Everything You Need to Make Vanilla Extract for Christmas Gifts

vanilla

There’s nothing like talking about Christmas while we’re dripping sweat off our foreheads this summer.  The only reason I bring it up in July is that many have been asking about the specifics of making Homemade Vanilla Extract for Christmas gifts.  Now’s the time to get this project going if you’re planning to put it under the tree or in stockings in December.  Just think – if you get this going now, your busy holiday time preparations will be just a little bit easier! It takes 4-6 months to make strong, flavorful vanilla extract.  Therefore, beginning anywhere from May to August is ideal if you want your vanilla to be ready by Christmas.

How to Make Vanilla Extract

I have a detailed post showing you how to cut your vanilla beans and how to get your vanilla extraction process going.  You will not believe how easy it is to make homemade vanilla!

Where to Buy Vanilla Beans

I have tried vanilla beans through the years at a few different places, but none of them compare to Olive Nation.  Their quality and price is the best, hands down.  When we contacted Olive Nation about promoting them here at Heavenly Homemakers, they were quick to give all of you an ongoing 10% discount (when you use the code home at checkout and click through this link).  Plus, they always offer free shipping on vanilla beans.

How to Finish Your Vanilla Extract

After 4-6 months, you’ll simply strain the vanilla beans and bottle your deliciously wonderful liquid gold.  Here are the details about how to finish your vanilla extract.

Where to Buy Bottles for Vanilla

I’ve searched many websites for good prices on dark colored bottles for my finished vanilla extract.  When I add in shipping costs, the best price I’ve found has been through Mountain Rose HerbsHere are more details about where to buy bottles for vanilla.  You may be able to find a better price locally, but since I live in a small town with no dark bottle options, I have found it’s best for me to order online.

Fun Labels for Your Vanilla Bottles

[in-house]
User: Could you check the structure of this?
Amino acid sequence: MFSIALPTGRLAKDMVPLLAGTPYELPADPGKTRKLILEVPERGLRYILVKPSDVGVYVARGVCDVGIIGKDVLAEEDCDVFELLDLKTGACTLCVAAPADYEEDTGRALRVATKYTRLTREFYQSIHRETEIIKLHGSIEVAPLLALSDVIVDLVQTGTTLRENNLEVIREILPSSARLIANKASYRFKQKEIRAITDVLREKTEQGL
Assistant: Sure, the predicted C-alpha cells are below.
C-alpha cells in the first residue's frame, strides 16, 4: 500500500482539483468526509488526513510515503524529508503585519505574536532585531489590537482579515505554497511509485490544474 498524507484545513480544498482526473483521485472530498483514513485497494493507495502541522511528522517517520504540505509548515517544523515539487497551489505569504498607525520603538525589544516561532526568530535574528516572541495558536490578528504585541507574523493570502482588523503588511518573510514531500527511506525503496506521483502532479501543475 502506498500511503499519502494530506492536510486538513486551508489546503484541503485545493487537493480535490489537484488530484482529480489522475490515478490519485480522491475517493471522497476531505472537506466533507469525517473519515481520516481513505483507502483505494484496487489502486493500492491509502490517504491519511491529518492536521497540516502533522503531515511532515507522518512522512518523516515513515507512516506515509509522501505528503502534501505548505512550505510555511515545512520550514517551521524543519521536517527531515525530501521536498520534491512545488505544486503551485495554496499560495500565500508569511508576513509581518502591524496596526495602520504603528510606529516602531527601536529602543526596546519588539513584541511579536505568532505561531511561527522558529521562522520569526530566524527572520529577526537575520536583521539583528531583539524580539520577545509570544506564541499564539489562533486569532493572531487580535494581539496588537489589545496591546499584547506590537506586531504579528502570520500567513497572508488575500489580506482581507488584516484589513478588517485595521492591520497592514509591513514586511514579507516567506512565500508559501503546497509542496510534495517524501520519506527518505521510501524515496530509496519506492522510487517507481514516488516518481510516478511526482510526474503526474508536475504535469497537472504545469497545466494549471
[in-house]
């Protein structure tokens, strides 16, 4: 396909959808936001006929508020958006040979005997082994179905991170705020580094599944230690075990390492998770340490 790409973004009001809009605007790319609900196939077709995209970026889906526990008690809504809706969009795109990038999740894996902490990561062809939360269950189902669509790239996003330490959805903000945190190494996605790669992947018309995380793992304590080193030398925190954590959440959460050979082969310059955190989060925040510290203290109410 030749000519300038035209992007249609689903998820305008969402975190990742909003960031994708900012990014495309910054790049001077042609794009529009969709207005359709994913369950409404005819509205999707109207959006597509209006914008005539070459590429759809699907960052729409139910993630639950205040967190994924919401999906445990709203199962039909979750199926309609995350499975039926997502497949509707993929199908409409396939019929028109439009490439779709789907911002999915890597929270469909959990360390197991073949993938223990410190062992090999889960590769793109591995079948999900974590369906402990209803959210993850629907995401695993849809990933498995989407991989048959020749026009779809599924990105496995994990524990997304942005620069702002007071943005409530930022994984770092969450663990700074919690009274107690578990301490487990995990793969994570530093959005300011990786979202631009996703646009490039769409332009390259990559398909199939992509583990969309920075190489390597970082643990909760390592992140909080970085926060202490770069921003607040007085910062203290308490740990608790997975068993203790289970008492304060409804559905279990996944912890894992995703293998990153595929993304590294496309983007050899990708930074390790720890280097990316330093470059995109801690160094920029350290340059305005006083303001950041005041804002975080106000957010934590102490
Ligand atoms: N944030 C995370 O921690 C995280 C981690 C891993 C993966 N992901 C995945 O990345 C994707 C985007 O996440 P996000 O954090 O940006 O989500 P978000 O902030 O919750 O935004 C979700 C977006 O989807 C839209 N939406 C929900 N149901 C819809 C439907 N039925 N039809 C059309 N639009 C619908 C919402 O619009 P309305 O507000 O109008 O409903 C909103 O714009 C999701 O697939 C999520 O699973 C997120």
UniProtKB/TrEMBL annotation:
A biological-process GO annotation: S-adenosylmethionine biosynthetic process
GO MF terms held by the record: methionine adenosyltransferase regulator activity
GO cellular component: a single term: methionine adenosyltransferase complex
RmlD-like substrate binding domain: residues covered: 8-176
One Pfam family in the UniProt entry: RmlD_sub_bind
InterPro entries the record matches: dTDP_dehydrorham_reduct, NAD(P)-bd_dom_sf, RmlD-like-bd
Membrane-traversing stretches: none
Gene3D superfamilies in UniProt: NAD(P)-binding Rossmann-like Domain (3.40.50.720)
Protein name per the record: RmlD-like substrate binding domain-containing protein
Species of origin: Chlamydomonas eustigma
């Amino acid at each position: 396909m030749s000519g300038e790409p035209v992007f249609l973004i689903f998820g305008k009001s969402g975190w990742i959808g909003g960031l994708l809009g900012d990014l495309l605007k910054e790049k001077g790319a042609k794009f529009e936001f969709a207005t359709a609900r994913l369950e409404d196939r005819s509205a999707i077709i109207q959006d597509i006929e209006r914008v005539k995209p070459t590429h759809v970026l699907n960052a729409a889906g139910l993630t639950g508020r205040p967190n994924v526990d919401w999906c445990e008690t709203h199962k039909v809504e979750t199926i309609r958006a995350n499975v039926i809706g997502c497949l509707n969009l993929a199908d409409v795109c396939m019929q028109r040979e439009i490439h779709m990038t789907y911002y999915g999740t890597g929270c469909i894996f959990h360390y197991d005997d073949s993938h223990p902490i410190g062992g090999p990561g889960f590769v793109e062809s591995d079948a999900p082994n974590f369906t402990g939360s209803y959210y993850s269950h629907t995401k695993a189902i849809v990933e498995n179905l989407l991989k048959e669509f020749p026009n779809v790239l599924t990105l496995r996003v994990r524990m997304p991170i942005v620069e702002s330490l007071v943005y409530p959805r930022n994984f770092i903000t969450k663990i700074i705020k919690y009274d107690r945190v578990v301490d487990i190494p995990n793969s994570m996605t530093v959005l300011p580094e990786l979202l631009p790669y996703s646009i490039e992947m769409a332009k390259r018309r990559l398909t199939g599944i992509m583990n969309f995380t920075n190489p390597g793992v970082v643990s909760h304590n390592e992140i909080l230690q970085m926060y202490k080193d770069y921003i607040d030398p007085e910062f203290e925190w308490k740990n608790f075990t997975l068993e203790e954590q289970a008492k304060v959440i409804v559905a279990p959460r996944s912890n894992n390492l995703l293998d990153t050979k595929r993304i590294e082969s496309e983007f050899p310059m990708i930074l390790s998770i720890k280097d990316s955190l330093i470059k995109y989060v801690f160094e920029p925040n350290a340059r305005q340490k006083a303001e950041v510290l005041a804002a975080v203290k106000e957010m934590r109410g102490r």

You can print your own labels to decorate your vanilla bottles when giving them as gifts, or you can have my friend Char custom design some for you.  I love her work!

What have been your homemade vanilla experiences?  Have you gifted it to others? 

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Comments

  1. Missy says

    I have my first batch in the dark corner of my pantry right now! Ordered my vanilla beans from Olive Nation and they are wonderful, just as you said. I didn’t have a large jar like yours, so I used 4 quart jars and divided up my beans accordingly. Wasn’t any extra work! Looking forward to giving homemade vanilla and ranch dressing mix as Christmas gifts this year! :)

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    Laura Reply:

    The vanilla with ranch dressing mix will be such a great gift!

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  2. says

    Thanks for lining up the discount! I learned how to make vanilla extract when you posted on it the first time.

    Have you checked bottle prices at Sunburst Bottle Company? I bought my spice jars there three years ago, and they’re great. They have the 4 oz. amber screw-top bottles, lid included, that you use for $.78 apiece, or $.73 apiece if you buy a gross. 8 oz. jars are $.91 apiece; $.83 if ordering more than 50. Shipping is free for orders over $200.

    They don’t know me from Adam; I just thought I’d toss that info into the mix in case it might prove useful. Looks like Mountain Rose is about double that price…

    I hope that is helpful to someone. Thanks again!

    [Reply]

    Laura Reply:

    I’ll have to look into it, thanks!

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    Emily Reply:

    I got my bottles from Frontier this last time at a great price!

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  3. says

    Is there a difference in any brand vodka?

    [Reply]

    Mary Reply:

    Some are not gluten free if that is important to you.

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    Laura Reply:

    I usually just go for the cheapest vodka I can find. It still makes awesome vanilla. :)

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  4. says